An Abbotsford company has been fined more than $14,000 after a worker at its chick hatchery sustained serious injuries last fall after his or her hair became caught in an unguarded motor shaft.
The worker at Rossdown Farms had been “cleaning a conveyor on a chick-counting machine” when the incident occurred, according to WorkSafeBC’s latest magazine, which lists penalties levied in recent months. Rossdown had failed to assess the machine’s hazards and “thus had not identified the need for an emergency stop device and lockout procedures,” WorkSafe found.
The company was fined $14,516 in connection with the incident, which took place last November.
WorkSafeBC also found Rossdown hadn’t provided “specific training or safe work procedures” for operating the machine and had failed to take other safety measures.
In a statement to The News, Rossdown Farms wrote: “Through our company chaplaincy program the chaplain had engaged with the employee after this unfortunate accident. Due to the privacy and respect to the individual and their family we are not in a position to comment on their recovery.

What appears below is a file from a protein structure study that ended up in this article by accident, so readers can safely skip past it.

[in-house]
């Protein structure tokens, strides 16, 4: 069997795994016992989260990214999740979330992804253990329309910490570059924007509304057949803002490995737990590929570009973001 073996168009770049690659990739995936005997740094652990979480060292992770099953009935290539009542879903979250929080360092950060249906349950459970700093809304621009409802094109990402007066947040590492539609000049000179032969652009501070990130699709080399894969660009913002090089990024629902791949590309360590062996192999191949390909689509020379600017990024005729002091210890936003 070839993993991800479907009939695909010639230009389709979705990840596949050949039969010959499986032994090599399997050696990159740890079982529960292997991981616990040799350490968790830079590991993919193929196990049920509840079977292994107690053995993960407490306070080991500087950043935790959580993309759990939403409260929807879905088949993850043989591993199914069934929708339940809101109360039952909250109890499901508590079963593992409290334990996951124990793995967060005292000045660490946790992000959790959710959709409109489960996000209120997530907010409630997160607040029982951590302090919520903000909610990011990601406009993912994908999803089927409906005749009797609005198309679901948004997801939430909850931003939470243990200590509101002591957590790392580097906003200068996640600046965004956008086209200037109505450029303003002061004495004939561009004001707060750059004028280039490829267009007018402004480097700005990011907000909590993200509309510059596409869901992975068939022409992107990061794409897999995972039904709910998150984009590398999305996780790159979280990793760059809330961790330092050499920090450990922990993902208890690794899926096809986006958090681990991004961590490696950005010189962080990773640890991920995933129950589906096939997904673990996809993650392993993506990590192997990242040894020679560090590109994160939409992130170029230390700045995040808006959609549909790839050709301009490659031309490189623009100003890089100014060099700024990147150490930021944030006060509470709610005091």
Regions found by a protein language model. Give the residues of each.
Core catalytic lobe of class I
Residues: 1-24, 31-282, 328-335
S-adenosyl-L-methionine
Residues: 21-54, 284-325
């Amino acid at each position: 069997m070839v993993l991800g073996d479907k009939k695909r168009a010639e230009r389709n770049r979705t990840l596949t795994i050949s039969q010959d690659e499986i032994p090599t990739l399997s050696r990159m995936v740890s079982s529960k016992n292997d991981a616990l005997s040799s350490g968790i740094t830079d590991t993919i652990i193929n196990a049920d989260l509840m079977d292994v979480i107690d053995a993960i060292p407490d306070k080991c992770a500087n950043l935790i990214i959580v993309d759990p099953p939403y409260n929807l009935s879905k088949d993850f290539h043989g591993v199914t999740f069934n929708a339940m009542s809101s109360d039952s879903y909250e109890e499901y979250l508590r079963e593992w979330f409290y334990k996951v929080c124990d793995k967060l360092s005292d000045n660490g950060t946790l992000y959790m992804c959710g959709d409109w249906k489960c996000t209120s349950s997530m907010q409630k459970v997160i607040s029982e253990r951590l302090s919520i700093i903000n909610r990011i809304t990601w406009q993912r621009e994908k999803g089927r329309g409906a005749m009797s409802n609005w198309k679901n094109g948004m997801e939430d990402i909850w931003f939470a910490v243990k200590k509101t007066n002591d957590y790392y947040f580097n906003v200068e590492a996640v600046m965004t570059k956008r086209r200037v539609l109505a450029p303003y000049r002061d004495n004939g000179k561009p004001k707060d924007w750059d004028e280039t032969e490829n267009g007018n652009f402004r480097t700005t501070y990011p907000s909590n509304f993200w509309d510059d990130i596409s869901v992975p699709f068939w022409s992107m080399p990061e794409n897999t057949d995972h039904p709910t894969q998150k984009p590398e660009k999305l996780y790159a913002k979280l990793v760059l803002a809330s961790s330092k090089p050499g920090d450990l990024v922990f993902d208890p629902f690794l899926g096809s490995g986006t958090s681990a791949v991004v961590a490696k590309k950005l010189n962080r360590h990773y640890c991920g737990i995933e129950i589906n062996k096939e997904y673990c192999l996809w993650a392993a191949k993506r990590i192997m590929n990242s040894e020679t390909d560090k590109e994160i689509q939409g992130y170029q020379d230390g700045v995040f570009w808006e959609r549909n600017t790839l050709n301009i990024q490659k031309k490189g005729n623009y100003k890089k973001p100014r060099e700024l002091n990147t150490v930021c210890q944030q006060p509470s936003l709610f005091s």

“We value our staff and their commitment to our company and accidents in the workplace are taken very seriously and immediate steps were taken to rectify this unfortunate accident from happening again. We continue to work very closely with WorkSafe and safety consultants to improve the safety in our work place.”
WorkSafeBC also imposed a heavy fine on another Abbotsford company in late October.
The magazine says police pulled over a vehicle belonging to A & P Fruit Growers and found it was carrying 10 workers, despite only having seating for five passengers. The five without seats were instead “sitting on sandbags in the back of the vehicle.”
Both that vehicle and another used by the company subsequently failed inspections by Commercial Vehicle Safety and Enforcement officers. WorkSafe found other violations deemed to be “high-risk” in nature.
A little more than a decade ago in Abbotsford, three farmworkers were killed in a crash on Highway 1. A subsequent investigation found the van carrying the workers had numerous safety issues and had just two seatbelts for more than a dozen passengers.
A 2015 investigation by The News found improvements had taken place since the accident, but that dozens of vehicles continued to be cited for mechanical problems.